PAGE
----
Cassandra Lin

When a seventh-grader tells the world she has found a brilliantly simple way to solve not one but three big issues affecting her community, people sit up and pay attention. It should come as no surprise then that ever since twelve-year old Cassandra Lin presented a way to redirect waste, prevent costly sewer damage and provide support to local families struggling to heat their homes, her efforts have been garnering a lot of it.

The receptacle located at the Stonington, CT transfer station. Image courtesy of Project T.G.I.F.
The receptacle located at the Stonington, CT transfer station. Image courtesy of Project TGIF.

Lin is a brilliant young social entrepreneur who has demonstrated an eager dedication to environmentalism, and fantastic creative problem solving skills. Her acute business sense and commitment to challenging the status quo have resulted in revolutionary change to the way her town approaches social and environmental issues.

Lin noticed three distinct issues within her hometown. First, waste oils, fats and grease were routinely being poured down kitchen drains, creating clogs and sewage issues that were eating up valuable time and resources to fix. And, in a seemingly unrelated issue, members of her own community were having trouble covering the cost of heating their homes, leaving them vulnerable to the  weather.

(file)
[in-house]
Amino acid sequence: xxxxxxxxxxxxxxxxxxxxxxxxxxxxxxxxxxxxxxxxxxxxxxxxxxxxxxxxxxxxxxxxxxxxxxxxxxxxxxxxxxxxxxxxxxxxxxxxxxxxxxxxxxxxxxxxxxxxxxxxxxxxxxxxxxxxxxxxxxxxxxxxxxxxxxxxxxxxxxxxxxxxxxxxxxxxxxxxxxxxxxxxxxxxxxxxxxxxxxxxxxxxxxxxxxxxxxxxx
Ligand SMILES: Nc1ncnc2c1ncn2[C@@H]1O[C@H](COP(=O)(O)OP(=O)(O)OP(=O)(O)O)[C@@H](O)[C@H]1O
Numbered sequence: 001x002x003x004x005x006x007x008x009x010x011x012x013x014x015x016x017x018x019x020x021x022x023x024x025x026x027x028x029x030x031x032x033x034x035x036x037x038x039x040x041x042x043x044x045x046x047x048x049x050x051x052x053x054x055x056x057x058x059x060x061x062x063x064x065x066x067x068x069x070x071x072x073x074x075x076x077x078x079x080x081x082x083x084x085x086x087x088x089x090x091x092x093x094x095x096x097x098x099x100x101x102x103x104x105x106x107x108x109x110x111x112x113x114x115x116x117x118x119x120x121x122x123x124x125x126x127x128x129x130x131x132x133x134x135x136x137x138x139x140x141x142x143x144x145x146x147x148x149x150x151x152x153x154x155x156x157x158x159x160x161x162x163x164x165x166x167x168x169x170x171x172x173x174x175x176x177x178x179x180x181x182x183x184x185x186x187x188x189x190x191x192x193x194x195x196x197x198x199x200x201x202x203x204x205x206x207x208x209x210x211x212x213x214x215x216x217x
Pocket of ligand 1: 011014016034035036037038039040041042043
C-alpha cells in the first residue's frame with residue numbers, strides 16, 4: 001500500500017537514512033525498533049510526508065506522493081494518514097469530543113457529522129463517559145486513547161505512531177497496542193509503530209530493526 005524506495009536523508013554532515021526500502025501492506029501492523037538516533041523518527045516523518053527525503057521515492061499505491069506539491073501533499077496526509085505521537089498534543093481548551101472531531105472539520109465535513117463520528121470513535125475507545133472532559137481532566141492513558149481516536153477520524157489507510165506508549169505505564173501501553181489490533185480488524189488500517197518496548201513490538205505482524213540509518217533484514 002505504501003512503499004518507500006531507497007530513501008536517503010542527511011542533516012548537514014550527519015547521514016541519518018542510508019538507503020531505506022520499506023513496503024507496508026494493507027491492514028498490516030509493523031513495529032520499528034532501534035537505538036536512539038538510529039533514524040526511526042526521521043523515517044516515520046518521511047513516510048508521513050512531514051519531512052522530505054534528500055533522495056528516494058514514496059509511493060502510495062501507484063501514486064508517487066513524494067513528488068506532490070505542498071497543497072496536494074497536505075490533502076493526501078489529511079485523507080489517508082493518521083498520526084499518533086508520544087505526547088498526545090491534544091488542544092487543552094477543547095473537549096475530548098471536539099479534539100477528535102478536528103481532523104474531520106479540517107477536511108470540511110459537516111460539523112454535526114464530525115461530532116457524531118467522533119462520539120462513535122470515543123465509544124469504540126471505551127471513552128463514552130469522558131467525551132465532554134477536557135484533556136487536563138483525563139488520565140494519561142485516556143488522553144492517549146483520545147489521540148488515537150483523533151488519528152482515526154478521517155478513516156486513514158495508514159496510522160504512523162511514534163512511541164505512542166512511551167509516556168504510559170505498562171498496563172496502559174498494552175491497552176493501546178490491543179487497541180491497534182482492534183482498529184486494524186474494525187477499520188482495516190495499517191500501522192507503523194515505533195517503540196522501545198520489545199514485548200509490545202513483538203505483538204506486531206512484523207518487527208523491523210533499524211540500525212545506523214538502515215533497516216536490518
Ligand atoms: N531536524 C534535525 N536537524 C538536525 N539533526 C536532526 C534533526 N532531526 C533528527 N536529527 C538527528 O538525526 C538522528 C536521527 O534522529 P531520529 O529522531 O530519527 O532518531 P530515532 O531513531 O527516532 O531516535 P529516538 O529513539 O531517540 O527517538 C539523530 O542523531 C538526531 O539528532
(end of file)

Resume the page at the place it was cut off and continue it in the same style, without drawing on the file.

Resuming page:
Not that TGIF

For Lin however, these issues were anything but unrelated. With the help of her friends she created a program called T.G.I.F., which would solve both of these problems in an incredibly green way.

T.G.I.F. stands for “turn grease into fuel”. Lin approached her local city council with a proposal to add an oil collection site to those set up for electronics and other recyclables at the local municipal drop off. She conducted an impressive educational campaign aimed at both individuals and local businesses, educating people about recycling their cooking oils instead of disposing of them down kitchen drains. Next, she contracted a local company to collect and refine the cooking oil, and then sold the resulting biodiesel. With this kind of set-up – literally turning trash to treasure – you’d think she would be laughing all the way to the bank. But instead, T.G.I.F. turns all profits over to local charities whose mandate is to provide assistance to those family struggling to afford heat. In one year, T.G.I.F. helped heat the homes of 40 local families over the winter.

If your jaw just hit the floor, you’re not the only one. So far over 85 restaurants have signed up to participate in this recycling program, a number that is constantly increasing. The creators of T.G.I.F. have fielded interviews from NBC Connecticut, CNN Newsroom, and were recently one of five projects selected for the MTV Switch campaign – the only program in the United States to be given this distinction.

She’s twelve. And she’s changing the world.

So, the next time a kid tells you they have a good idea – pull up a chair and start taking notes. If theirs is anything like Lin’s, you’re going to want in. Guaranteed.

Feature image courtesy of Bower Youth Awards

By Madeleine Somerville

Madeleine Somerville is the author of All You Need Is Less: An Eco-Friendly Guide to Guilt-Free Green Living and Stress-Free Simplicity. She is a writer, wannabe hippie and lover of soft cheeses. She lives in Edmonton, Canada, with her daughter. You can also find Madeleine at her blog, Sweet Madeleine.